My last post was about negative self-talk. A primary source of this negative self-talk is the practice that most people have of comparing themselves to others. In the majority of instances, comparing makes people feel worse. In a not insignificant minority of cases, though, comparison can actually make them feel better. There are dangers in both cases.
When you compare yourself with someone else and come up with the short end of the stick you have created for yourself a feeling of negativity, of being “less than.” Note that I say YOU ARE CREATING. After all it is your decision to make the comparison, no one else’s. Why would you choose to make yourself feel bad? (Answer is below*).
Now you may say that “I can’t help it” which, at least in the short term, I can accept. But what I won’t accept is the idea that you can’t make a decision to truncate the comparison and to either move on to some other thought or, preferably, to deconstruct the comparison. How do you deconstruct the comparison? By recognizing the misleading traps that lurk in any attempt to measure yourself against another.
For example, let’s say you’re an ordinary looking guy who’s 5’6″ tall and envy the studly looking guy who’s a foot taller. If only your could be as tall and handsome as him! Or you’re a kind of shy teenage girl who wishes she had the outgoing personality of the captain of the cheerleaders. Or a 10-year-post-graduation MBA whose classmates seem to be vastly more successful. Or a flat chested woman who wants bigger boobs. Or someone whose brother is in a much happier marriage than his own. Or envy of someone who won the lottery. Or a guy who wishes he were hung like a porn star. Or the marathon winner. You get the picture.
First of all, there’s no way you can accurately evaluate the pluses AND MINUSES of the person to whom you’re comparing yourself. Let’s go over the list above. Neither the guy who wishes he were taller and better looking, the woman who wants bigger boobs, nor the guy who wishes he were better endowed realize that people with such admirable physical endowments are often highly insecure and unhappy for fear that people or situations that are attracted to them are actually attracted only to those endowments rather than to them as fully formed people.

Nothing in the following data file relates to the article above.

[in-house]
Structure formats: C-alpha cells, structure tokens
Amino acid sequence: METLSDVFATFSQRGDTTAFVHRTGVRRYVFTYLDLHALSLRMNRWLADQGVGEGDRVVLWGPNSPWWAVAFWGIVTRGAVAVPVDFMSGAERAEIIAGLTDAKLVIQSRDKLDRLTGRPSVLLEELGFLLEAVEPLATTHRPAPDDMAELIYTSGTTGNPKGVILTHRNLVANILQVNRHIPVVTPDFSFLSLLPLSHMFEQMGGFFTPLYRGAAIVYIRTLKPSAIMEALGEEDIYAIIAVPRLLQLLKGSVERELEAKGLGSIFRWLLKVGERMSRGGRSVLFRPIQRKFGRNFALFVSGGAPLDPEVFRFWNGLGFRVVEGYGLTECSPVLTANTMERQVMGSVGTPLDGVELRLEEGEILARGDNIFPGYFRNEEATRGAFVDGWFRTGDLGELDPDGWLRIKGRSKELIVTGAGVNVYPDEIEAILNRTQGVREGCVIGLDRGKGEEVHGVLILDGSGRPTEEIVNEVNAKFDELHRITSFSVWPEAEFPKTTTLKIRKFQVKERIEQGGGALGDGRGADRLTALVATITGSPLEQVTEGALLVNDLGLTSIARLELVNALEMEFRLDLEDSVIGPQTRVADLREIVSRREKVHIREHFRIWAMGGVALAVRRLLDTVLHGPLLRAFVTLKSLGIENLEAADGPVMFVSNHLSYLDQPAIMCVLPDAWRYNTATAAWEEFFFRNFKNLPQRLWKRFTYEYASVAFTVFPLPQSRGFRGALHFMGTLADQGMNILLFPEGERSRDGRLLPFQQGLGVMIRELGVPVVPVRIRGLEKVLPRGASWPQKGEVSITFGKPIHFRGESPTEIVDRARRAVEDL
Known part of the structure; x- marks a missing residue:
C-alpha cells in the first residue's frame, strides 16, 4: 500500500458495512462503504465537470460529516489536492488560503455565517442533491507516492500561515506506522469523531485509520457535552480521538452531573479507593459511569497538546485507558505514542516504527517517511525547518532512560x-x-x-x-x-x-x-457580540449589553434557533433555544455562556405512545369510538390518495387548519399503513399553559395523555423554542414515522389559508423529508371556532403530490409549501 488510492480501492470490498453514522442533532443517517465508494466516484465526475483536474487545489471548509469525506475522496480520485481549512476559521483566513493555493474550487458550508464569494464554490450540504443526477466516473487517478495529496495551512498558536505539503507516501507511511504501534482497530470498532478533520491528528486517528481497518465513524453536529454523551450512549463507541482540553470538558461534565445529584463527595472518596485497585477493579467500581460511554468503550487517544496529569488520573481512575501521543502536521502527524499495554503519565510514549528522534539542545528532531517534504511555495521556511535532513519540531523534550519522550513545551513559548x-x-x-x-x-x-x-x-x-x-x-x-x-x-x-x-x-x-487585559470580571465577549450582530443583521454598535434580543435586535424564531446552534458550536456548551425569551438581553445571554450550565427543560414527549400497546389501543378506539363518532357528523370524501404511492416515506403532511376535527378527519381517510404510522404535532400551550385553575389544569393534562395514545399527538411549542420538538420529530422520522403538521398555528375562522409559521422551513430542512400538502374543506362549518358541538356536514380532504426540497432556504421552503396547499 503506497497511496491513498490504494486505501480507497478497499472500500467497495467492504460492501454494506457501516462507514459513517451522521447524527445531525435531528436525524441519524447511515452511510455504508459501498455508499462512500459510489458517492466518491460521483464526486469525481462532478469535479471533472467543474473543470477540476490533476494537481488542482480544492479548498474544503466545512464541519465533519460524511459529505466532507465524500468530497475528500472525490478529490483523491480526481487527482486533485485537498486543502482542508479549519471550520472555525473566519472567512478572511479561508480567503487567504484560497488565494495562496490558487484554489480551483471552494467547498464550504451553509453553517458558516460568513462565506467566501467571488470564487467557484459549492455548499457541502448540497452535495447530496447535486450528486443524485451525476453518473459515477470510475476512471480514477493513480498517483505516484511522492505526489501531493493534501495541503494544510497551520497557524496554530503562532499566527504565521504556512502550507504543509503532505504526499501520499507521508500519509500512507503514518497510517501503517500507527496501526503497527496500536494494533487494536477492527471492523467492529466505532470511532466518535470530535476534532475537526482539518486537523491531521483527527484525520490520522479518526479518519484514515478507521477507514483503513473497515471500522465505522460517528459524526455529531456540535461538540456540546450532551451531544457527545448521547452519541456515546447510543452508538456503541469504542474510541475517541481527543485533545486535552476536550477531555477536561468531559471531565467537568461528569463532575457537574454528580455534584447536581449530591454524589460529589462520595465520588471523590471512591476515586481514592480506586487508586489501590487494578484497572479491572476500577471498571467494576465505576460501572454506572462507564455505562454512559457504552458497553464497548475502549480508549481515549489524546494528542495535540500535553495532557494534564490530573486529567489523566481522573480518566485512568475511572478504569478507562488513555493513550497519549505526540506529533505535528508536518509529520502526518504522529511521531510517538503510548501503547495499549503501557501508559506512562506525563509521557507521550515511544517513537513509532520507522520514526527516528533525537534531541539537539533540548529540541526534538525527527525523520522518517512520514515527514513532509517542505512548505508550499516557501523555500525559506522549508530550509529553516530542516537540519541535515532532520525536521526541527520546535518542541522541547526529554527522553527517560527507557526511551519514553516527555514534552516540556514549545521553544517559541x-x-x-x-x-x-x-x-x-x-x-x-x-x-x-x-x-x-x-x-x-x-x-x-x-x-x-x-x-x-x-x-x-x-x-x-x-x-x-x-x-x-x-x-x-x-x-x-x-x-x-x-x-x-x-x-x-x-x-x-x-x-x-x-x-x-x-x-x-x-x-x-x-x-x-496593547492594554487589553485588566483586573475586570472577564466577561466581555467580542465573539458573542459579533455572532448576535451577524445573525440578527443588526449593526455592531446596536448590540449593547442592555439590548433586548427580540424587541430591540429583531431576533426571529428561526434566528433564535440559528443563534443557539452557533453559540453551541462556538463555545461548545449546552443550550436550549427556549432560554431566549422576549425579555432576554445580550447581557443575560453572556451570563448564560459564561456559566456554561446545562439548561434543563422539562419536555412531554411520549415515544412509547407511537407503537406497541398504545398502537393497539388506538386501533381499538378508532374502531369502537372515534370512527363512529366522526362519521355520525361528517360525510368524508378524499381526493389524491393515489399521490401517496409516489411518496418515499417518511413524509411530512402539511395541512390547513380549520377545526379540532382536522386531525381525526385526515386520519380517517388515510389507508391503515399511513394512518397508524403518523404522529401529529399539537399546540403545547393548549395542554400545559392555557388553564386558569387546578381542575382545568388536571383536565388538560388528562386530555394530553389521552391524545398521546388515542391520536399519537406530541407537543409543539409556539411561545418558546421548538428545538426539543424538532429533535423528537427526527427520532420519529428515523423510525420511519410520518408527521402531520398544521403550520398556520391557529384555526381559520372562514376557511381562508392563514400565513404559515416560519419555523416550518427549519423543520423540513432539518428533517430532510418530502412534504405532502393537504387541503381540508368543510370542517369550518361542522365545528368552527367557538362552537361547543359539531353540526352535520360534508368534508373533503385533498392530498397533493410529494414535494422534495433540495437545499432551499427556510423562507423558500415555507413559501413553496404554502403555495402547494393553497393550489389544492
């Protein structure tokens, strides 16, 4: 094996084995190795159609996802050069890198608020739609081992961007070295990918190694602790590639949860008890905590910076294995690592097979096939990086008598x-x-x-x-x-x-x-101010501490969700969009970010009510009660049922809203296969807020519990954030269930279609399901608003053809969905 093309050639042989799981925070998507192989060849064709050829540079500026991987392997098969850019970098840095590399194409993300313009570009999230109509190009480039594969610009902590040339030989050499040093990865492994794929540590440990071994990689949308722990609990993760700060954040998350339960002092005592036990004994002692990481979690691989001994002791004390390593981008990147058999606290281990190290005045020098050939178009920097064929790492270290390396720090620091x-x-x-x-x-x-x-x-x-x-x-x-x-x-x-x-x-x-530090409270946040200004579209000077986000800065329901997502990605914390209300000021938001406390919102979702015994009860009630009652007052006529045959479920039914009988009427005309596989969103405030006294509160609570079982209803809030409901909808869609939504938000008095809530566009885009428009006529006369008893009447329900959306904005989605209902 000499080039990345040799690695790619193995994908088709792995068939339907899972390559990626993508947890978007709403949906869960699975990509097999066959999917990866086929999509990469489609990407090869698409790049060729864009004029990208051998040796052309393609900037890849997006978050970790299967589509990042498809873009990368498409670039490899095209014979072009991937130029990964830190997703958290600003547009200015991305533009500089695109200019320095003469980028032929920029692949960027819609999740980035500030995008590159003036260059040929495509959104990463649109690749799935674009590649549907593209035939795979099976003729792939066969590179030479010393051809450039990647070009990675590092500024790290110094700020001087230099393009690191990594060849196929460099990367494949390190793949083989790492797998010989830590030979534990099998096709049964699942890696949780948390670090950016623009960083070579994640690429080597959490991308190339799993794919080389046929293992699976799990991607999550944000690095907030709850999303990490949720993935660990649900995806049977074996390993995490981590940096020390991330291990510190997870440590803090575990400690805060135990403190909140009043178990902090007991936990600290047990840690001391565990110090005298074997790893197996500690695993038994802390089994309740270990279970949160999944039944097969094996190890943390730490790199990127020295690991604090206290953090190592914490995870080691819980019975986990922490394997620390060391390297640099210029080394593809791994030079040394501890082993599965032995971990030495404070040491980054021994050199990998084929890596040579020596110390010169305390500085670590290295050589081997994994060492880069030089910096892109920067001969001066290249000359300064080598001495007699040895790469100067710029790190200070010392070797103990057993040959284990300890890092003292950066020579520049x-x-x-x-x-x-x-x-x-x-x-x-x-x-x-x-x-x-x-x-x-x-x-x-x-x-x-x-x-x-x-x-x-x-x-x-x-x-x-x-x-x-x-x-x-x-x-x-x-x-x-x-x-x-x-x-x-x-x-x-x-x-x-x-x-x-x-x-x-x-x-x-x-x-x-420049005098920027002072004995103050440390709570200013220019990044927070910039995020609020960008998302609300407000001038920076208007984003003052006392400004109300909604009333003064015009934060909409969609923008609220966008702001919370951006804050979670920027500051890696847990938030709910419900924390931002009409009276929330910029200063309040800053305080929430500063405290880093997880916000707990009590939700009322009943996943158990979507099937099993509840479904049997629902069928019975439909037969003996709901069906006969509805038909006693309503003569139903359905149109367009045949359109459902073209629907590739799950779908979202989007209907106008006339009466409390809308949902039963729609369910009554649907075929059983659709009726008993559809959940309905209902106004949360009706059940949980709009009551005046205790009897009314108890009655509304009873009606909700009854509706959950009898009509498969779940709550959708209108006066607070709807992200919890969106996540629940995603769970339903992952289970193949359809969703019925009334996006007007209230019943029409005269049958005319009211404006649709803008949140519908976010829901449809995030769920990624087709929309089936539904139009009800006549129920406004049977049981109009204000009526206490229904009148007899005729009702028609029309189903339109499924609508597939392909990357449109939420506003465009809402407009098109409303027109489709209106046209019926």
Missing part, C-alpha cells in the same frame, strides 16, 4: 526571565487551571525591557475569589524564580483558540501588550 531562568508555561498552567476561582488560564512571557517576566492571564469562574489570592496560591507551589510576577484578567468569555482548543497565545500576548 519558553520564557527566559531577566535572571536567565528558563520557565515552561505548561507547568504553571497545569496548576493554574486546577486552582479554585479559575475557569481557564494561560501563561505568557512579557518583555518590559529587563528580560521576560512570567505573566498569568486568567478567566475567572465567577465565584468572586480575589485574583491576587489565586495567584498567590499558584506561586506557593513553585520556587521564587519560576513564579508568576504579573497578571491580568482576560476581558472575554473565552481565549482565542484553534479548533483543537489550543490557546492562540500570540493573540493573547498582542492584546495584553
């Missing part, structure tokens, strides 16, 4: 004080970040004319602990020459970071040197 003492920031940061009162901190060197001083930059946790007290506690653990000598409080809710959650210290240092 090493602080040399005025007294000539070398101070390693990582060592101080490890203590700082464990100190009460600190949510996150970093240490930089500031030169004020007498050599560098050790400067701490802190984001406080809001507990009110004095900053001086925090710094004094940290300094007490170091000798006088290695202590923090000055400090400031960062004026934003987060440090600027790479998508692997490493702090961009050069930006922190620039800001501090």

What about wishing you were the girl with the great personality, the successful MBA graduate, the more happily married brother, or the lottery winner? You simply can not know whether in fact what you see on the surface is true. Many cheerleaders cut themselves, many apparently happy marriages are inherently toxic, many outwardly successful MBAs are overleveraged, or have resorted to highly unethical or illegal practices to achieve their success (most recent example: Martin Shkreli), and studies of lottery winners show that their rate of death from suicide, drug addiction, murder or carelessness is significantly higher than the norm.
Be careful what you wish for!
Second, recognize that in comparing yourself to others you aren’t very likely to notice the ways in which your “idol” pays a price you wouldn’t want to pay. The successful MBA……would you want to work the 80 hours a week that he does? Would you want to spend the hundreds and hundreds of grueling hours necessary to be a championship athlete? Confirmation bias (the tendency to overweight evidence that supports our point-of-view and that obfuscates contrary information) makes balanced evaluation impossible.
Finally, please recognize the futility and waste of spending a lot of time wishing for things beyond your control, many of which are in the list above.
What about comparing yourself positively to another. Well, it can make you feel better about a problem (a typical example is when you hear someone interrupt their complaining by recognizing that the complaint is a “first world” one, for example grumbling about the stress involved in buying all the Christmas presents on your list, or the many details you have to handle in arranging a trip to the Caribbean), In general though, comparing yourself favorably to others leads either to a narcissistic view of the world (look at how Donald Trump incessantly compares himself to others), or is of only fleeting solace.
I am not by any means suggesting that you bury your head in the sand and pay no attention to the lives and achievements of others. Looking to others can be inspiring and motivating, and can most certainly be a valuable source of learning. But recognize that you will have a less-than-fully-accurate view, and that therefore the comparison will be inherently flawed and frequently badly misleading.
* If I think of myself as a loser I will focus on the facts and circumstances of my life that confirm that point-of-view, and ignore those that contradict it. Again, the power of confirmation bias.